The dive behaviours observed for Steller sea lions and Weddell seals are consistent with certain optimal foraging models that assume that the length of the surface interval is determined by the need to replenish depleted oxygen stores (Kramer, 1988). However, recent empirical research suggests that removal of CO2 is the main driving force regulating surface interval duration(Boutilier et al., 2001). Although insufficient uptake of O2 would reduce the aerobic dive duration, incomplete removal of CO2 leads to a continuous increase in blood and tissue CO2 partial pressure(PCO2)(Fahlman et al., 2008c). The surface interval is therefore a dynamic state determined by the need for sufficient gas exchange, food availability and predator avoidance.

Physiological plasticity enables diving animals to enhance gas exchange during a surface interval and maximizes time underwater, thereby enhancing foraging efficiency. However, such adaptations complicate the ability to estimate the energetic cost of foraging since repeated dives in a dive bout may not be independent samples but may have to be considered collectively. Our study therefore aimed to improve understanding of how pinnipeds manage the O2 debt during a dive bout while seeking to develop a method that accounts for the O2 debt and accurately estimates the true metabolic costs of foraging.


Experiments were conducted between April 2006 and August 2007 with three female Steller sea lions housed in a specially designed floating pen located in a coastal inlet in British Columbia, Canada. The pen allowed access to seawater and provided a base for research in the surrounding waters. The sea lions cooperated during data collection and were never restrained during any of the trials. Two of the sea lions (F97HA and F97SI) were 9 years old at the beginning of the study, and the third was 6 years old (F00BO). Body mass(Mb) of each sea lion was measured by weighing the animal before each trial. The average Mb (±s.d.) was 164.7±4.5 kg for F97HA (N=53), 215.5±4.8 kg for F97SI(N=75) and 140.9±5.2 kg for F00BO (N=64), where N is the number of days on which each sea lion took part in a trial.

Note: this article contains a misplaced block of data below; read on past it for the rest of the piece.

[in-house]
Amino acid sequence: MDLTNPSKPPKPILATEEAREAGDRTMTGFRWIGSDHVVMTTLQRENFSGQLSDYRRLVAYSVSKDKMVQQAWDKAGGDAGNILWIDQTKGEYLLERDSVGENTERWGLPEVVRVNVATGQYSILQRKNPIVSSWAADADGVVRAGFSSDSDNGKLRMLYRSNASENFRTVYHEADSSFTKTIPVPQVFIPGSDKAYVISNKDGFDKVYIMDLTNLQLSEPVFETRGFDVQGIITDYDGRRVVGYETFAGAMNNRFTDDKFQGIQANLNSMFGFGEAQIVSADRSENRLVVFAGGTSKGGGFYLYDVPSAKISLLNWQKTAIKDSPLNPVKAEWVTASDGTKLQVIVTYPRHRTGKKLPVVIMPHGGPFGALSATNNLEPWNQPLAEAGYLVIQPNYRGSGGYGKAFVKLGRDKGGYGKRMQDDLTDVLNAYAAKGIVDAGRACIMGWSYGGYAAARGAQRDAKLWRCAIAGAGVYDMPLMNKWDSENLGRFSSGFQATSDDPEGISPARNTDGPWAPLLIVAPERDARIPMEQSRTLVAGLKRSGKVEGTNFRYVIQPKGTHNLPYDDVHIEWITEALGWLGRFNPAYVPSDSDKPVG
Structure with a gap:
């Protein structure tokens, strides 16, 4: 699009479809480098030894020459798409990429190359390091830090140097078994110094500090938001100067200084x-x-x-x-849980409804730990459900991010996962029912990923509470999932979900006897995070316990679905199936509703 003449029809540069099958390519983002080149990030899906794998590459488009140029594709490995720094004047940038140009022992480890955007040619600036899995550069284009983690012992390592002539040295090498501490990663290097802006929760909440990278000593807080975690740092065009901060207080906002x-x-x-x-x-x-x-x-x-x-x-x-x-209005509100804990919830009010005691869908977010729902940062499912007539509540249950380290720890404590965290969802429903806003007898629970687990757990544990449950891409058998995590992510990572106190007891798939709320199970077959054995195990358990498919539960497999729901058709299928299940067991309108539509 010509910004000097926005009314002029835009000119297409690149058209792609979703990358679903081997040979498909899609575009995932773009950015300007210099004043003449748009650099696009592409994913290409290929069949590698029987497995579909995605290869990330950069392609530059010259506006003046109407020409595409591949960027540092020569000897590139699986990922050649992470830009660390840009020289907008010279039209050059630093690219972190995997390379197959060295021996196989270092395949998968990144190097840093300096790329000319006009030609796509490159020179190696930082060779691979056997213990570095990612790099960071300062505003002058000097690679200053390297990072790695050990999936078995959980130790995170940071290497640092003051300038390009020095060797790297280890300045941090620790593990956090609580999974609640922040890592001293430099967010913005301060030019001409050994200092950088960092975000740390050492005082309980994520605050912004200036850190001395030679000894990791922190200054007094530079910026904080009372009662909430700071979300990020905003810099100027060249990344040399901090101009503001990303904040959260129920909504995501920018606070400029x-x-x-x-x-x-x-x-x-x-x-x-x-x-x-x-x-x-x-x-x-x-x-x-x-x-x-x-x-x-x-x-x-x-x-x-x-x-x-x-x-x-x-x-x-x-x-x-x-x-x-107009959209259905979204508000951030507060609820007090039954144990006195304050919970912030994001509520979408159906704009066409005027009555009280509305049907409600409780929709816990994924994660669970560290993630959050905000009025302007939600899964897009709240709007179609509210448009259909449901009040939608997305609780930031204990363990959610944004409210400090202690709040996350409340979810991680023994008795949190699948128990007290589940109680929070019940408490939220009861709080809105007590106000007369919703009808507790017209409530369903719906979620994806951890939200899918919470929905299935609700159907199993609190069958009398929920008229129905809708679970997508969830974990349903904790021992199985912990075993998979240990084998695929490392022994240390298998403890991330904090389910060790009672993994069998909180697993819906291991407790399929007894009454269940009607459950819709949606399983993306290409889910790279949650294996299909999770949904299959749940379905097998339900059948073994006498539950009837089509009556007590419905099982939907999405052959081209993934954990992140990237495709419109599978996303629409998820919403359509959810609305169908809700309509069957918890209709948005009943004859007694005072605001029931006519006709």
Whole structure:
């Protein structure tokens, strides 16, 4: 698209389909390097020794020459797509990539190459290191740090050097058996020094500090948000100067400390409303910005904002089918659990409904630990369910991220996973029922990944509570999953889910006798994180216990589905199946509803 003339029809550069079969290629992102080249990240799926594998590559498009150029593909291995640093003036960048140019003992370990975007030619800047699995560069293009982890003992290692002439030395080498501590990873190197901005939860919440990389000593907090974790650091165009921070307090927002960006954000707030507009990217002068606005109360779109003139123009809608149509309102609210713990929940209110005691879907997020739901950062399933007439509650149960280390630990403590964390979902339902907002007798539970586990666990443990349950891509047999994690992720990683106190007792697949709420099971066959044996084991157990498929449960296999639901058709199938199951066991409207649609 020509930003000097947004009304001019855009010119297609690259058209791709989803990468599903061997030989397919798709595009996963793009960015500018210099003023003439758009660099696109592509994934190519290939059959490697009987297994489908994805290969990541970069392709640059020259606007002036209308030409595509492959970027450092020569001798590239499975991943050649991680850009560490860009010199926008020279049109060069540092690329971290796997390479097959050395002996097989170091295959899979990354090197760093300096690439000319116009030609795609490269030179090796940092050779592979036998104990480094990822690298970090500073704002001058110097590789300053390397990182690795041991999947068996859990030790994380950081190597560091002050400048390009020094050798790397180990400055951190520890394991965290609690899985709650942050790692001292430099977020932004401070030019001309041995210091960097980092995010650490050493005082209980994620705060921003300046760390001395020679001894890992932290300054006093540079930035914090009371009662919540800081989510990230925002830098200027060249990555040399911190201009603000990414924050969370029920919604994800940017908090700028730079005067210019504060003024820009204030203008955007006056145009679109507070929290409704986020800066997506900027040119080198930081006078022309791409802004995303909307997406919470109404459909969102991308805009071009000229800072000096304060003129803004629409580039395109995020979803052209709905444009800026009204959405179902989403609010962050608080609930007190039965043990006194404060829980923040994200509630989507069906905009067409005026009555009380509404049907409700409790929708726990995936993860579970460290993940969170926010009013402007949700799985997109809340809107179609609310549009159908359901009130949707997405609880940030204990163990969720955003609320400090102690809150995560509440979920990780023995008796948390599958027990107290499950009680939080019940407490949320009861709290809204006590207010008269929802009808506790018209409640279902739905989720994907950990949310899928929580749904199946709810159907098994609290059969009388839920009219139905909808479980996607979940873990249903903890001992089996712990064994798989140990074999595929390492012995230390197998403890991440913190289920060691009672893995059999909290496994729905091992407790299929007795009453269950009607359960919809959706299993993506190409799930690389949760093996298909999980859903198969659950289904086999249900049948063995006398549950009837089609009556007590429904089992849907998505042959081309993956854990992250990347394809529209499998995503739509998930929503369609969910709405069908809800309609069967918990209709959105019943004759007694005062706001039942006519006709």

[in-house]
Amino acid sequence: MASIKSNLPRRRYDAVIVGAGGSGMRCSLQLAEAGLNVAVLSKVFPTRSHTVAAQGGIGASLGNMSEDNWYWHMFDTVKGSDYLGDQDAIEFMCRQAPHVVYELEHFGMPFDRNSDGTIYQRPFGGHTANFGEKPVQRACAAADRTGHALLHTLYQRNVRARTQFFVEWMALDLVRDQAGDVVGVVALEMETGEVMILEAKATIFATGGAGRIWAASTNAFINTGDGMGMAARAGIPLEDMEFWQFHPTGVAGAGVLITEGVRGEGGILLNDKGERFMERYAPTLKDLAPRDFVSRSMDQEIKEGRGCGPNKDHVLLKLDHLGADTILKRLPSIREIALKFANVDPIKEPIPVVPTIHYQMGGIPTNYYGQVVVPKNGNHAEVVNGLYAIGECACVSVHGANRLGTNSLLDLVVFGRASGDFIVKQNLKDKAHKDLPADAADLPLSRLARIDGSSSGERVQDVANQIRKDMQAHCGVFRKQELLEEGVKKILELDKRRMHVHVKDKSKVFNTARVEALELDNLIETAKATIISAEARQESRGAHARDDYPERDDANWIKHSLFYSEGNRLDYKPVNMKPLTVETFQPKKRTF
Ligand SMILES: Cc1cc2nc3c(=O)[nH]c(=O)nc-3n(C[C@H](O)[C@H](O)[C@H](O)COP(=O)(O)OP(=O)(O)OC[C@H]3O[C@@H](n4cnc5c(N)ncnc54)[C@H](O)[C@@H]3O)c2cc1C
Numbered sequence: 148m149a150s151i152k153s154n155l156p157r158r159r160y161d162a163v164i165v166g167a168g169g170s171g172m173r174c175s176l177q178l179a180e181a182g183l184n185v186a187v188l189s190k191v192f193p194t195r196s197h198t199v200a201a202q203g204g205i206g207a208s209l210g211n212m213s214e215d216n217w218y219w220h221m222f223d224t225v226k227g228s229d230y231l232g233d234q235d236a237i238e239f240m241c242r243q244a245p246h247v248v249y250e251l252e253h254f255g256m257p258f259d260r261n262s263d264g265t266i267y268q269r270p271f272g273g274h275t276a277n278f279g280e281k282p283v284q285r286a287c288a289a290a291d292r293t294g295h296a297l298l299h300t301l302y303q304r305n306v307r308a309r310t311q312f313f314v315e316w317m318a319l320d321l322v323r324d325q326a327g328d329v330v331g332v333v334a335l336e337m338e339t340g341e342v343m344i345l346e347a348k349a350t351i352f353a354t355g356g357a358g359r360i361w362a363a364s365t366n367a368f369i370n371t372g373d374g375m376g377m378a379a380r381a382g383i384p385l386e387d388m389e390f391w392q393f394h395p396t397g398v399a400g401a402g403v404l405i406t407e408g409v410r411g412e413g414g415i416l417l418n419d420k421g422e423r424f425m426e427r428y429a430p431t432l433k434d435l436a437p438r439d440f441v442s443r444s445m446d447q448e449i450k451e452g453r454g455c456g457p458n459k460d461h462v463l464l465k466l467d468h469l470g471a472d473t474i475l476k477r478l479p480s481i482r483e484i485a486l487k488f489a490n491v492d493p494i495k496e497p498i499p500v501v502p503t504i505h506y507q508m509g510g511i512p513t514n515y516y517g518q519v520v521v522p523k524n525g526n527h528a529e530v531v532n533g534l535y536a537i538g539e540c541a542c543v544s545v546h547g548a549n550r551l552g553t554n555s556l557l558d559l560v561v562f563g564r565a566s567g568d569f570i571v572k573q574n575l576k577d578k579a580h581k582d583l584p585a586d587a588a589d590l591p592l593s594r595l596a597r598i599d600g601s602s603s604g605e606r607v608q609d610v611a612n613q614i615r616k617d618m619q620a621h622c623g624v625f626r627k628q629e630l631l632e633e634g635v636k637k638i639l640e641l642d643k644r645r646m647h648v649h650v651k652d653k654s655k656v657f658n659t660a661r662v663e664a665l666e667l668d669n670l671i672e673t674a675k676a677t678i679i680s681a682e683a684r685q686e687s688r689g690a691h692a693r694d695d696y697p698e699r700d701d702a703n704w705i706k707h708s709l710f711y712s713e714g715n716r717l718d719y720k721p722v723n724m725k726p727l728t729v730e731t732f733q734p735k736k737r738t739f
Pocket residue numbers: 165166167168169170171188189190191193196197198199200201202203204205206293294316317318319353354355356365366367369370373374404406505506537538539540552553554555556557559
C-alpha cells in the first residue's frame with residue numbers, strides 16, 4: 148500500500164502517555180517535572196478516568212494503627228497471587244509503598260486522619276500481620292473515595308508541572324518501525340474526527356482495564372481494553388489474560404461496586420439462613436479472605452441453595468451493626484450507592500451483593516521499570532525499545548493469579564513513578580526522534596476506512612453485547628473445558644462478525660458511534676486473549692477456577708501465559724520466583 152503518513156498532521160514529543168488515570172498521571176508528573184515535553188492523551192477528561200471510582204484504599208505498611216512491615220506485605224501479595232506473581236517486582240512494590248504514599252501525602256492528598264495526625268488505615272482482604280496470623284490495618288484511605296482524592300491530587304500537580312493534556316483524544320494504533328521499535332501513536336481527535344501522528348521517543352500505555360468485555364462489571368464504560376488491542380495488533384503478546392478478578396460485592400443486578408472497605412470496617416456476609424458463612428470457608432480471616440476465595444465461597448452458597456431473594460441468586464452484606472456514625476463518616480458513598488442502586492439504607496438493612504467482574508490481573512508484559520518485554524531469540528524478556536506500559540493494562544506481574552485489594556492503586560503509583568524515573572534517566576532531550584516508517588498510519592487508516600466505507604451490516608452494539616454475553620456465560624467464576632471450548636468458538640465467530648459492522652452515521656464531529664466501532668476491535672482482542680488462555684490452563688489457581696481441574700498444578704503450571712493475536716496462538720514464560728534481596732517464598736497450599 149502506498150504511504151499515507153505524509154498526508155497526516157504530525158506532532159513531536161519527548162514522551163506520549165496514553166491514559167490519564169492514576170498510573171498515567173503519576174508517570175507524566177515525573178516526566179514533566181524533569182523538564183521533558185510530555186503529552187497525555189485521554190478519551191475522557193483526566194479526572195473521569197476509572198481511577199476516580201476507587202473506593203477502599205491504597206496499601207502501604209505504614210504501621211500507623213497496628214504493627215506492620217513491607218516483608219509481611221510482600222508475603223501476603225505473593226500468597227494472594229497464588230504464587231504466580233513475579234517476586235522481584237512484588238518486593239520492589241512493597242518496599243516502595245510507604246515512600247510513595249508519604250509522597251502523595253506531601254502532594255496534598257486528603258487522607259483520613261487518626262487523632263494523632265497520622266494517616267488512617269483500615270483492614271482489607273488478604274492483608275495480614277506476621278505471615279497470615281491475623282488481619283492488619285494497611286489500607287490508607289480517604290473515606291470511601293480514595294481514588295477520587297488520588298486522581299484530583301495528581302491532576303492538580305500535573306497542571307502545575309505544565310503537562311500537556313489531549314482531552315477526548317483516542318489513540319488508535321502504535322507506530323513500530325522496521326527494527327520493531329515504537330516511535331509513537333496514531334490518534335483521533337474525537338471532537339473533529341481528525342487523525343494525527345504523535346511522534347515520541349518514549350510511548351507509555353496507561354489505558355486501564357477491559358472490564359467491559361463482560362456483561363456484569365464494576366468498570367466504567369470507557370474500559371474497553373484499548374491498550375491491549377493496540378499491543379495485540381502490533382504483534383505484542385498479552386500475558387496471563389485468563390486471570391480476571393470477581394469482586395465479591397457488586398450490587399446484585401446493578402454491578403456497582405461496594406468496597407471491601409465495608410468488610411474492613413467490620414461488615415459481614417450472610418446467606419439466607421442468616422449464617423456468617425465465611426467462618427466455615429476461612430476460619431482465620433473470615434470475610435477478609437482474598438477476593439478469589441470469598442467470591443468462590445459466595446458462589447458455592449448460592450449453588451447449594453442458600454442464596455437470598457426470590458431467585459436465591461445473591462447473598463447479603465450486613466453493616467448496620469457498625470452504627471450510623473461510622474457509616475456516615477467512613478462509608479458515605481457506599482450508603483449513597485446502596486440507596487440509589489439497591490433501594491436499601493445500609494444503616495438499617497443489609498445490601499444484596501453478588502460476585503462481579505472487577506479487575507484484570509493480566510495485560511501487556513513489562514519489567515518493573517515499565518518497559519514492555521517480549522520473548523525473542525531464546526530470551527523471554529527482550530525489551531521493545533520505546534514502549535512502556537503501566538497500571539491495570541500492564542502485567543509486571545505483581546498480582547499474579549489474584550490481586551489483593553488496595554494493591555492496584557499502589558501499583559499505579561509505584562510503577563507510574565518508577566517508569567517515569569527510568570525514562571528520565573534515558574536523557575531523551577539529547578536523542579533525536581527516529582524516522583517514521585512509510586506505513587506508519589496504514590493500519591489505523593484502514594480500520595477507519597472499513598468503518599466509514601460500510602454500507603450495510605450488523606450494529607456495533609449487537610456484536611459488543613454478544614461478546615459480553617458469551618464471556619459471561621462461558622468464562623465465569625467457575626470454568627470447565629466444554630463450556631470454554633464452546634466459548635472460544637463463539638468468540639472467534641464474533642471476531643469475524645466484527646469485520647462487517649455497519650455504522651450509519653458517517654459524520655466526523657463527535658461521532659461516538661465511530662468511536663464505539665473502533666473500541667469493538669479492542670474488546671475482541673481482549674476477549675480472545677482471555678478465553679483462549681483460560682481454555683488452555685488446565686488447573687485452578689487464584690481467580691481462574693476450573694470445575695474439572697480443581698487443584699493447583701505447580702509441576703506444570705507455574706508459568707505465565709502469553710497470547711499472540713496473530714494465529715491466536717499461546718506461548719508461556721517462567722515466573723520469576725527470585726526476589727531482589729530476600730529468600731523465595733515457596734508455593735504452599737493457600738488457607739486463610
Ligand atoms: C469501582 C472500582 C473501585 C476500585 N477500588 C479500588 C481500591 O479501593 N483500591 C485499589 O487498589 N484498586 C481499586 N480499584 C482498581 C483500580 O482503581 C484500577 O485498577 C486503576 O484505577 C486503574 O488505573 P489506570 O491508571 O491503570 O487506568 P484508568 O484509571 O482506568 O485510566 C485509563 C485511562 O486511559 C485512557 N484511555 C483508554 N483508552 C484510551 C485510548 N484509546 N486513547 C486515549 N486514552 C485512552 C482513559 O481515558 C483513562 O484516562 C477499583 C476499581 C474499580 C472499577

Respirometry studies

All trials were performed in the morning and the sea lions were between 16 and 20 h postprandial. Before trials, each sea lion was weighed (±0.5 kg) and fitted with a webbed body harness. A VHF transmitter was attached to the harness and was used to locate the sea lion in the event of it swimming out of the trial area.

The animals were transported in a specially modified boat from their holding pen to the trial area, where they could dive from a floating respiratory dome to an underwater feeding tube placed at depth. Another research boat carrying the respirometry equipment and towing a floating barge was anchored in the trial area. The barge contained a rectangular hole through which a large wire cage (152 cm×152 cm) was placed in the water. The cage floor could be opened to allow the sea lion to enter and breathe in the dome. Closing the cage door made it possible to voluntarily contain the sea lion for short periods of time to measure metabolic rate while the animals were at the surface. Animals were seldom quiescent when in the cage. Thus,surface metabolic rate (MRS) varied and was not resting or basal metabolic rate.

A transparent Plexiglas dome (either 100 or 200 l internal volume) was placed above the cage to collect respiratory gases (O2 and CO2). A mass flow controller (Model 500H, Sable Systems, Las Vegas,NV, USA) pulled 475 l min–1 of air through the dome. This mass flow meter automatically corrected flow rates to standard temperature and pressure (STP) in the case of variations in temperature and barometric pressure. A subsample of the air was pulled through a canister of anhydrous CaSO4 (Drierite, W. A. Hammond, Xenia, OH, USA) to a paramagnetic O2 (FC-1 B O2, Sable Systems, Las Vegas, NV, USA) and an infrared CO2 analyzer (CA-10A, Sable Systems, Las Vegas, NV, USA). Air flow rate as well as O2 and CO2 levels were sampled at 2 Hz and saved to a laptop computer.

The gas analyzers were calibrated before and after a dive trial with ambient air (20.94% O2) and 1.0% CO2 in N2from a commercial gas mixture (Praxair, Canada). Temperature (°C) and humidity (%) of the excurrent gas was measured using a commercial sensor(Springfield Precise Temp., Springfield Precision Instruments, Wood Ridge, NJ,USA). Average respirometer temperature was 16.6±6.1°C (range:0.8–28.5°C; N=186), humidity was 77±15% (range:35–100%) and barometric pressure was 102.0±0.7 kPa (range:99.5–103.9 kPa). All flows were corrected to STP dry (STPD).

The accuracy in measured O2 and rate of CO2 production(CO2) was determined by simultaneous N2- and CO2-dilution tests(Fahlman et al., 2005; Fedak et al., 1981) and estimated values were within 4% of the measured values. Addition of CO2 confirmed that minimal amounts of CO2 were dissolved and lost in the seawater. The effective volume of the system was either 120 l or 220 l, including the volume of the respirometer (100 or 200 l) and the plastic hose to the analyzers (20 l). With a flow rate of 475 l min–1, this gave time constants of 0.25 and 0.46 min for the small and large domes, respectively. The time required to reach a 95%fractional transformation to a new steady state was 3.2 times the time constant, or 48 s (small dome) and 90 s (large dome)(Fahlman et al., 2005).